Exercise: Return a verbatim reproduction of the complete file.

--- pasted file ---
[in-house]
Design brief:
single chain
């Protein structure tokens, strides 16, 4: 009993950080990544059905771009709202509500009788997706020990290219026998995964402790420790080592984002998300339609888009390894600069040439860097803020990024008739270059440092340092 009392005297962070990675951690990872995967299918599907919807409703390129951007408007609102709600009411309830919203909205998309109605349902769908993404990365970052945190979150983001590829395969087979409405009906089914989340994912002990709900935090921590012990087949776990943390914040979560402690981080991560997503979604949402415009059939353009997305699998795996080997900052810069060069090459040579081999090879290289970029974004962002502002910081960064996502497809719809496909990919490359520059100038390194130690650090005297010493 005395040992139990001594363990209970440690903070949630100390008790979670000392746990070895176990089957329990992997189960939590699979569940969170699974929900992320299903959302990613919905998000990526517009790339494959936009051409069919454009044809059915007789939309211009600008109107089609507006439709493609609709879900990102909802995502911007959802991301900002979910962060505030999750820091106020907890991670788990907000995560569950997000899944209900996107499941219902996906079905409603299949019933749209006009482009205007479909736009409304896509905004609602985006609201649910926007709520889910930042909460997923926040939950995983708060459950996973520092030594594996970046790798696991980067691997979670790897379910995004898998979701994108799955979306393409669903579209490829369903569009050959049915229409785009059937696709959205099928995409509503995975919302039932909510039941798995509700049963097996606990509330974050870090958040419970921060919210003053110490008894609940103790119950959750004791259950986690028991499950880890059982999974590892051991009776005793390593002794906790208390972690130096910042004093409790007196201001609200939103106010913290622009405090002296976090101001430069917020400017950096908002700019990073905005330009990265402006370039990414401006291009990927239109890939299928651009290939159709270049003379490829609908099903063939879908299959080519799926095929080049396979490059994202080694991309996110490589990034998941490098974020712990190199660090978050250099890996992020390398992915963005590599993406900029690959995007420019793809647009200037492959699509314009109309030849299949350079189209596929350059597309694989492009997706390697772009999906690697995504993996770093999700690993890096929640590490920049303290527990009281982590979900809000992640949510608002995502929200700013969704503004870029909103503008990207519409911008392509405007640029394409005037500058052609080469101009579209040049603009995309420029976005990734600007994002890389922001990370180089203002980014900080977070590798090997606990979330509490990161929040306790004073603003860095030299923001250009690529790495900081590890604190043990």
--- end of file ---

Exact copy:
[in-house]
Design brief:
single chain
């Protein structure tokens, strides 16, 4: 009993950080990544059905771009709202509500009788997706020990290219026998995964402790420790080592984002998300339609888009390894600069040439860097803020990024008739270059440092340092 009392005297962070990675951690990872995967299918599907919807409703390129951007408007609102709600009411309830919203909205998309109605349902769908993404990365970052945190979150983001590829395969087979409405009906089914989340994912002990709900935090921590012990087949776990943390914040979560402690981080991560997503979604949402415009059939353009997305699998795996080997900052810069060069090459040579081999090879290289970029974004962002502002910081960064996502497809719809496909990919490359520059100038390194130690650090005297010493 005395040992139990001594363990209970440690903070949630100390008790979670000392746990070895176990089957329990992997189960939590699979569940969170699974929900992320299903959302990613919905998000990526517009790339494959936009051409069919454009044809059915007789939309211009600008109107089609507006439709493609609709879900990102909802995502911007959802991301900002979910962060505030999750820091106020907890991670788990907000995560569950997000899944209900996107499941219902996906079905409603299949019933749209006009482009205007479909736009409304896509905004609602985006609201649910926007709520889910930042909460997923926040939950995983708060459950996973520092030594594996970046790798696991980067691997979670790897379910995004898998979701994108799955979306393409669903579209490829369903569009050959049915229409785009059937696709959205099928995409509503995975919302039932909510039941798995509700049963097996606990509330974050870090958040419970921060919210003053110490008894609940103790119950959750004791259950986690028991499950880890059982999974590892051991009776005793390593002794906790208390972690130096910042004093409790007196201001609200939103106010913290622009405090002296976090101001430069917020400017950096908002700019990073905005330009990265402006370039990414401006291009990927239109890939299928651009290939159709270049003379490829609908099903063939879908299959080519799926095929080049396979490059994202080694991309996110490589990034998941490098974020712990190199660090978050250099890996992020390398992915963005590599993406900029690959995007420019793809647009200037492959699509314009109309030849299949350079189209596929350059597309694989492009997706390697772009999906690697995504993996770093999700690993890096929640590490920049303290527990009281982590979900809000992640949510608002995502929200700013969704503004870029909103503008990207519409911008392509405007640029394409005037500058052609080469101009579209040049603009995309420029976005990734600007994002890389922001990370180089203002980014900080977070590798090997606990979330509490990161929040306790004073603003860095030299923001250009690529790495900081590890604190043990």